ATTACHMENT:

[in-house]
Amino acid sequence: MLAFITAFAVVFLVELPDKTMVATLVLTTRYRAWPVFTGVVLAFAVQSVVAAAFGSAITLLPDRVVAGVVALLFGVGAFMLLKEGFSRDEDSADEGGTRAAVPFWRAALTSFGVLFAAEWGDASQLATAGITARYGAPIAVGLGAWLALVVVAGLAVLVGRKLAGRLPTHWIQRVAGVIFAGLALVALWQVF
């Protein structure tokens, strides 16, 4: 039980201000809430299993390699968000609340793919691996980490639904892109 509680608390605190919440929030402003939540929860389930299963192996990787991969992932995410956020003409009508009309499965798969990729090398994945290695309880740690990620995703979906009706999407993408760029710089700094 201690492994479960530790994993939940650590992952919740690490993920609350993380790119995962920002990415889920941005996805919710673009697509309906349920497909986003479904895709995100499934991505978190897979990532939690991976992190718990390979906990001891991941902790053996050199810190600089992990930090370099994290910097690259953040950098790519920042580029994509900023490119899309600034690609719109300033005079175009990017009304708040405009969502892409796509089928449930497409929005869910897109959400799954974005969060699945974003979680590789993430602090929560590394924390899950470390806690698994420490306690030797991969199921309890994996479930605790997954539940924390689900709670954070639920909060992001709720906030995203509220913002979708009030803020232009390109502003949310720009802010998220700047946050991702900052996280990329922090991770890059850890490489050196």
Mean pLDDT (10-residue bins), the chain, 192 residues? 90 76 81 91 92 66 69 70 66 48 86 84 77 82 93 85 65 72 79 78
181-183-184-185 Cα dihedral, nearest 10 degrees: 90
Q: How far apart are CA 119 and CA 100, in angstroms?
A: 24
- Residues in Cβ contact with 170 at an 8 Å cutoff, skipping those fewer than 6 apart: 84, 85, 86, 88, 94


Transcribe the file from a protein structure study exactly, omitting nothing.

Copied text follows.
[in-house]
Amino acid sequence: MLAFITAFAVVFLVELPDKTMVATLVLTTRYRAWPVFTGVVLAFAVQSVVAAAFGSAITLLPDRVVAGVVALLFGVGAFMLLKEGFSRDEDSADEGGTRAAVPFWRAALTSFGVLFAAEWGDASQLATAGITARYGAPIAVGLGAWLALVVVAGLAVLVGRKLAGRLPTHWIQRVAGVIFAGLALVALWQVF
């Protein structure tokens, strides 16, 4: 039980201000809430299993390699968000609340793919691996980490639904892109 509680608390605190919440929030402003939540929860389930299963192996990787991969992932995410956020003409009508009309499965798969990729090398994945290695309880740690990620995703979906009706999407993408760029710089700094 201690492994479960530790994993939940650590992952919740690490993920609350993380790119995962920002990415889920941005996805919710673009697509309906349920497909986003479904895709995100499934991505978190897979990532939690991976992190718990390979906990001891991941902790053996050199810190600089992990930090370099994290910097690259953040950098790519920042580029994509900023490119899309600034690609719109300033005079175009990017009304708040405009969502892409796509089928449930497409929005869910897109959400799954974005969060699945974003979680590789993430602090929560590394924390899950470390806690698994420490306690030797991969199921309890994996479930605790997954539940924390689900709670954070639920909060992001709720906030995203509220913002979708009030803020232009390109502003949310720009802010998220700047946050991702900052996280990329922090991770890059850890490489050196």
Mean pLDDT (10-residue bins), the chain, 192 residues? 90 76 81 91 92 66 69 70 66 48 86 84 77 82 93 85 65 72 79 78
181-183-184-185 Cα dihedral, nearest 10 degrees: 90
Q: How far apart are CA 119 and CA 100, in angstroms?
A: 24
- Residues in Cβ contact with 170 at an 8 Å cutoff, skipping those fewer than 6 apart: 84, 85, 86, 88, 94